Suppose $G$ is a $k$-generated finite group. Is there always a set of $k$ elements which generate the group and have a unimodal counting function?

**Background:**
The counting function, $f(n)$, is a function whose value at $n$ is the number of elements of $G$ of length $n$.

The length of an element $x$, relative to a given generating set, is the length of the shortest word, made up only of elements of the generating set, which is equal to $x$. We don't use the inverses of elements of the generating set for the purpose of determining length in this discussion.

A unimodal sequence is a finite sequence that first increases, and then decreases. A sequence $\{s_1, s_2,\ldots,s_n\}$ is unimodal if there exists a $t$ such that $s_1\leq s_2\leq\cdots\leq s_t$, and $s_t \geq s_{t+1} \geq \cdots\geq s_n$. (Weisstein, Eric W. "Unimodal Sequence." From MathWorld--A Wolfram Web Resource. http://mathworld.wolfram.com/UnimodalSequence.html)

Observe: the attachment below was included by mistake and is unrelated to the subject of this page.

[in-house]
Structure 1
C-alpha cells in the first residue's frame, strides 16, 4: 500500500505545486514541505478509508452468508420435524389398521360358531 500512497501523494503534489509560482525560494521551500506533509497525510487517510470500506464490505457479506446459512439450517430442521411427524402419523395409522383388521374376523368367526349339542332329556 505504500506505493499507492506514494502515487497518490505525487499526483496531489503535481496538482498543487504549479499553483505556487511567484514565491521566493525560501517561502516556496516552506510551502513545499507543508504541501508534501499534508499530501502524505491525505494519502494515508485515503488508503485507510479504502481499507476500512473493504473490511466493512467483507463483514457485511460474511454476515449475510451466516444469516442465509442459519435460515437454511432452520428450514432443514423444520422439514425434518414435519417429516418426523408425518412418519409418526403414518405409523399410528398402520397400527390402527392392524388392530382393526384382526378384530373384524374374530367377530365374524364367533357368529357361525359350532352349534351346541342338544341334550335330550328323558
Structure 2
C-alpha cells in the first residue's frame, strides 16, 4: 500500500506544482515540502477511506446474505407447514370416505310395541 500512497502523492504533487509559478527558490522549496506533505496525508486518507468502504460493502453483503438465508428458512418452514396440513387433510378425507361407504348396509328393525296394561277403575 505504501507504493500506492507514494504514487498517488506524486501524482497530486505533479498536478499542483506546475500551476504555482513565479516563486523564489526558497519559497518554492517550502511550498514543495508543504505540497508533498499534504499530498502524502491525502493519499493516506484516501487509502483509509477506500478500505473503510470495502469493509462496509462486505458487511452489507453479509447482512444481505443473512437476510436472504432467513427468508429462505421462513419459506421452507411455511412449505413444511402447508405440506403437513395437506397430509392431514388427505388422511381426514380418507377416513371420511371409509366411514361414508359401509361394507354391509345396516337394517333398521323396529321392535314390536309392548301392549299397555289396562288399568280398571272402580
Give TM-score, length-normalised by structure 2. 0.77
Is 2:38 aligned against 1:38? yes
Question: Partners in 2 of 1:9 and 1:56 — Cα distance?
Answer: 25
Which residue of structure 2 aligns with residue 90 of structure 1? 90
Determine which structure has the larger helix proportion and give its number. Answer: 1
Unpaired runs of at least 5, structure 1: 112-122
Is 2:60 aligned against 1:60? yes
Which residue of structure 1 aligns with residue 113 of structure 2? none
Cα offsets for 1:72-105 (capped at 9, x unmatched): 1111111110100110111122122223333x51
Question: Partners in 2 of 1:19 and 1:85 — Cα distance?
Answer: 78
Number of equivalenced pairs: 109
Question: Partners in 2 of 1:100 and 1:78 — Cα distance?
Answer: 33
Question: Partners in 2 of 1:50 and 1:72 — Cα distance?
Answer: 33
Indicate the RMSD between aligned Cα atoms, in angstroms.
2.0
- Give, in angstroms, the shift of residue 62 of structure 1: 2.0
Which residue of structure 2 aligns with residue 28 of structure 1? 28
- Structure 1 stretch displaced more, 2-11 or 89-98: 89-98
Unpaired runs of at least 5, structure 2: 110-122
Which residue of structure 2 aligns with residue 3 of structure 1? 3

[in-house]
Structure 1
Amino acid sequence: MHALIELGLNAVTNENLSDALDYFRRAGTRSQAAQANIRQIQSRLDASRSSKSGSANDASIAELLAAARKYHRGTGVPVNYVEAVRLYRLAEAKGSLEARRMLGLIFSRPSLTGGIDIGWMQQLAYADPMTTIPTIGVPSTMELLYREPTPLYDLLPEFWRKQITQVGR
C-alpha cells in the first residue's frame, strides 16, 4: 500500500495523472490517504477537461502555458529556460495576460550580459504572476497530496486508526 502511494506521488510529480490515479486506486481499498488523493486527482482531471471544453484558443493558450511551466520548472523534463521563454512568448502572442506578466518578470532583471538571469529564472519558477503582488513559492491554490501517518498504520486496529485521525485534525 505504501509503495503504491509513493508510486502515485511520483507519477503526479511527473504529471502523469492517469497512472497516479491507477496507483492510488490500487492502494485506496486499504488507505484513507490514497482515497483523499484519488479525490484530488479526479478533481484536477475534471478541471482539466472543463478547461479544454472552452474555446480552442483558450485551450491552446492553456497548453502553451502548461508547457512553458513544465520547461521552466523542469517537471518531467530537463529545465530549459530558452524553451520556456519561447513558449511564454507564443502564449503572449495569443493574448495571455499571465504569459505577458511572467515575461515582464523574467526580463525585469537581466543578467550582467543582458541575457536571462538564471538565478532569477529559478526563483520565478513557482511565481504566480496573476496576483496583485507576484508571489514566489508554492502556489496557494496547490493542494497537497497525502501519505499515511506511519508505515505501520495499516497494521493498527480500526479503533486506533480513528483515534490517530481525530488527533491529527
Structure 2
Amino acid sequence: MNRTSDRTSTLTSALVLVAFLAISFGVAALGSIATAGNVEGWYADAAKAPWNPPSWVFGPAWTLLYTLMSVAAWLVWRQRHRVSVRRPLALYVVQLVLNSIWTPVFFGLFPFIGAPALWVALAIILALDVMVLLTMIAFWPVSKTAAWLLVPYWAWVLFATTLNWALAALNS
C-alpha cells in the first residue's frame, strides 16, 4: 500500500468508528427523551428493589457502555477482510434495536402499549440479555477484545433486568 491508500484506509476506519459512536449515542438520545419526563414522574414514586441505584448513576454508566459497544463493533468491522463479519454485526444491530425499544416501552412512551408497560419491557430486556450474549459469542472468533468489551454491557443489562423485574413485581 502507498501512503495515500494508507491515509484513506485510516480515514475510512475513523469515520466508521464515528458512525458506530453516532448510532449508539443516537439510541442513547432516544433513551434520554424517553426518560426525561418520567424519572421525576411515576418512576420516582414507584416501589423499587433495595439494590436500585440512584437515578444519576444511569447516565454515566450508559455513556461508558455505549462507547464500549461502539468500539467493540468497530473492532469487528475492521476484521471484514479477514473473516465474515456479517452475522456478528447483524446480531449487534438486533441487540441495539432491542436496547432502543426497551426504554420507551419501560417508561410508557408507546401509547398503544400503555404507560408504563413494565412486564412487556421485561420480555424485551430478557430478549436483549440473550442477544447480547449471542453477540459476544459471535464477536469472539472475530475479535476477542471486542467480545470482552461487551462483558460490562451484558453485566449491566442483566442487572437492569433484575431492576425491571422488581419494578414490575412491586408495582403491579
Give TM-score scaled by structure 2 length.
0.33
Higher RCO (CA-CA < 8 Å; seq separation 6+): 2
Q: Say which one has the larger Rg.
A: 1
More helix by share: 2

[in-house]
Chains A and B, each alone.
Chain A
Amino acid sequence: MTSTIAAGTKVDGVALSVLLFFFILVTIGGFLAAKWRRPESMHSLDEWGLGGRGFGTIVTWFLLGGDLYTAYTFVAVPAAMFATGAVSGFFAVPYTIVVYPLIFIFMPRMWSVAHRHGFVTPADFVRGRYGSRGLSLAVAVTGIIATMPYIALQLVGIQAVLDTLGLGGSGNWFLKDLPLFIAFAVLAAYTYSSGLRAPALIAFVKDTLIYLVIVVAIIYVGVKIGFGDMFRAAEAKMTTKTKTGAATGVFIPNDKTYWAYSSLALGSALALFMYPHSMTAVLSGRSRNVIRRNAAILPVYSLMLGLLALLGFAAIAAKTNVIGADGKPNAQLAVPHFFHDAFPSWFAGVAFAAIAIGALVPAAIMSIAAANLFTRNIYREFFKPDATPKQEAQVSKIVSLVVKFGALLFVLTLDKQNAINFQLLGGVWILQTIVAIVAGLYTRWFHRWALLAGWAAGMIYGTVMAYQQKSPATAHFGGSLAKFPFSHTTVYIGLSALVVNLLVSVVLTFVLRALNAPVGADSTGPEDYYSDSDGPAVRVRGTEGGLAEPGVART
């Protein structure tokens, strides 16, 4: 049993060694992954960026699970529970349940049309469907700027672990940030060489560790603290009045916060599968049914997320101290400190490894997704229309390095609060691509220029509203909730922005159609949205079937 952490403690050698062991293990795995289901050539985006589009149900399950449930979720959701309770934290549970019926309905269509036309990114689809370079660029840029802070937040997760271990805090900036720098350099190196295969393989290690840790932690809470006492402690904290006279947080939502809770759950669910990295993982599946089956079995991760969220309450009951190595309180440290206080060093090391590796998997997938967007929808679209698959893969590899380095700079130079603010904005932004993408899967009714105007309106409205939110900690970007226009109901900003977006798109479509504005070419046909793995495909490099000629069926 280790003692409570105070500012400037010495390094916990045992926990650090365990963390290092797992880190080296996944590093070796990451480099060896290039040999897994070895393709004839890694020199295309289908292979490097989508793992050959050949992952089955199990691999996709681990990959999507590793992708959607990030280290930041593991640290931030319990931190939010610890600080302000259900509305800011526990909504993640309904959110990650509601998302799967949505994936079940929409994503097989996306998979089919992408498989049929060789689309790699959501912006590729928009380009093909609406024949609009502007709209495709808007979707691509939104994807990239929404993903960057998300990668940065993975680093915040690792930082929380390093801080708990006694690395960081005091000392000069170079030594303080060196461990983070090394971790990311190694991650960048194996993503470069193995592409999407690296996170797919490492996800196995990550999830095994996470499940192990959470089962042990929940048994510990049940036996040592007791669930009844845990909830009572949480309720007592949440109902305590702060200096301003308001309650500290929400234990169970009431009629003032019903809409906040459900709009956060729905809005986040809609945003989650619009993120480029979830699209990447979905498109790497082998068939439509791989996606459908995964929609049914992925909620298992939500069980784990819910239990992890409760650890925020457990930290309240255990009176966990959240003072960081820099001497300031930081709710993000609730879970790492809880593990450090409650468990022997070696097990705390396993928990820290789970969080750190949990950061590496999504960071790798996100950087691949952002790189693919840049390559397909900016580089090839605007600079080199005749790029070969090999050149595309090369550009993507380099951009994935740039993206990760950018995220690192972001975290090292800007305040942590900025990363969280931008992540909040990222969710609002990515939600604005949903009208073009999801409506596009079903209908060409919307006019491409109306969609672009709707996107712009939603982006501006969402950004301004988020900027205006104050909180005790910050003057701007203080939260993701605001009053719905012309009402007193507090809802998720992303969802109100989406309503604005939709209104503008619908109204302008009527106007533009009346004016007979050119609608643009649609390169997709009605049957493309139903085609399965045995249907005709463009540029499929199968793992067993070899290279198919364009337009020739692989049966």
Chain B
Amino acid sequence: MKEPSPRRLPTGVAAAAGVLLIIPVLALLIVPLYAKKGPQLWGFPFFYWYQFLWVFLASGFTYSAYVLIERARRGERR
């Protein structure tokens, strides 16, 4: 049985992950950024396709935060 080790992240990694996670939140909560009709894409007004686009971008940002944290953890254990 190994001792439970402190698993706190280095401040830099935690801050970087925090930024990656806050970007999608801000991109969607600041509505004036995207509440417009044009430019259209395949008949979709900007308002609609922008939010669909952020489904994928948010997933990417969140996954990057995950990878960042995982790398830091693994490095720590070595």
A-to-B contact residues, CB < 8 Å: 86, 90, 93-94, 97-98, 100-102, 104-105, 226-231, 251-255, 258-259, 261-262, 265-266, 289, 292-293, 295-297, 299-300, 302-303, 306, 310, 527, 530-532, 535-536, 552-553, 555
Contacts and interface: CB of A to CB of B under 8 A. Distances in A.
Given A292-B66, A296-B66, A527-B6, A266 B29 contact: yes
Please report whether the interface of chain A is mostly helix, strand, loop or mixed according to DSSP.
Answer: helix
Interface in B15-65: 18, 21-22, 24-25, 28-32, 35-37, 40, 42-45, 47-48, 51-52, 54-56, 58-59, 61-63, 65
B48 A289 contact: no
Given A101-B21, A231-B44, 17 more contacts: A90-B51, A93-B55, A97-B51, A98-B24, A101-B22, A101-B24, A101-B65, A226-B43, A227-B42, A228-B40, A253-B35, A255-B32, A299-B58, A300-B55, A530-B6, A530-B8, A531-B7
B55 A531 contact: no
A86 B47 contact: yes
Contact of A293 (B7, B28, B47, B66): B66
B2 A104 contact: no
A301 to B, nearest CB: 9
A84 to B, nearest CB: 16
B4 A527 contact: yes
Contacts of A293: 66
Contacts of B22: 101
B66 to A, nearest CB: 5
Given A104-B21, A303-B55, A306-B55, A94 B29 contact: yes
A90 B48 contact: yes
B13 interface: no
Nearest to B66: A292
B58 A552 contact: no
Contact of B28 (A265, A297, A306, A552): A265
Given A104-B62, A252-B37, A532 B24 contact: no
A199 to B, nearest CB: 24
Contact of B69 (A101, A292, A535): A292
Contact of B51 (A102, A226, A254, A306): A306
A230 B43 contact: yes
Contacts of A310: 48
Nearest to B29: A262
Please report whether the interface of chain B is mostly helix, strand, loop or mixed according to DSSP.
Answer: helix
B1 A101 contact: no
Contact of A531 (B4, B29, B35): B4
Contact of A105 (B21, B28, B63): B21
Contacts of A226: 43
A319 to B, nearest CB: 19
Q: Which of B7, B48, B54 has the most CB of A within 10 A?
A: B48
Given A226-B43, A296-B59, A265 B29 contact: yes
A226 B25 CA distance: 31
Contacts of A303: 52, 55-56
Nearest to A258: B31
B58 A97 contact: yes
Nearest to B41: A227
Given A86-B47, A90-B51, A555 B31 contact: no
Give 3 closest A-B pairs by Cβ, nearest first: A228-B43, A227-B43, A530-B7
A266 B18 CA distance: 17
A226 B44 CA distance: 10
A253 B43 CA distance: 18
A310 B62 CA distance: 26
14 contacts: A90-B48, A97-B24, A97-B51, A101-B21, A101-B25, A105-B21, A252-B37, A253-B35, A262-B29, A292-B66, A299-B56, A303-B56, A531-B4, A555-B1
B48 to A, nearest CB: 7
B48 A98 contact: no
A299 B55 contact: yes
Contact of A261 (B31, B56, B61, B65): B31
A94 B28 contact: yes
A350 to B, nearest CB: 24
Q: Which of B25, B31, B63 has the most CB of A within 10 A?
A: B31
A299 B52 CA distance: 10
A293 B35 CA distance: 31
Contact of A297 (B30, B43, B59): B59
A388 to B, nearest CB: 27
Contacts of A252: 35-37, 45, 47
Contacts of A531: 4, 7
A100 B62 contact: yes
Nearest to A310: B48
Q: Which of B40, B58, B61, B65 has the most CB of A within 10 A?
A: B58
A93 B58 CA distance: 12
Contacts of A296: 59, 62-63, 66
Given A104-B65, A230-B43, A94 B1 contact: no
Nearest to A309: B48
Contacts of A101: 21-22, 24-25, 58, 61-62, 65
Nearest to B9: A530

**Discussion:**
As pointed out in one of the comments, taking $k$ to be the number of elements in the group will trivially give unimodal growth. The question is more interesting if one considers values of k which are less than the number of elements in the group. In a search that I made of some finite groups there was always a set of generators for which the counting function was unimodal. In fact, nonunimodal growth was a rarity. This may just be consequence of the fact that I looked only at groups with a small number of elements. I'm convinced that for commutative groups any choice of generators will yield a unimodal counting function.

Here is an example of a group with non-unimodal growth. The two generators are the permutations:

$a = \{7, 9, 2, 3, 6, 5, 1, 8, 4\}$

$b = \{6, 8, 7, 5, 2, 1, 3, 4, 9\}$

In this notation $a$ is the permutation which takes 1 into 7, 2 into 9, 3 into 2,...

The counting function for this pair of generators is:

1,2,4,8,13,21,33,44,55,75,83,80,85,65,39,27,11,2.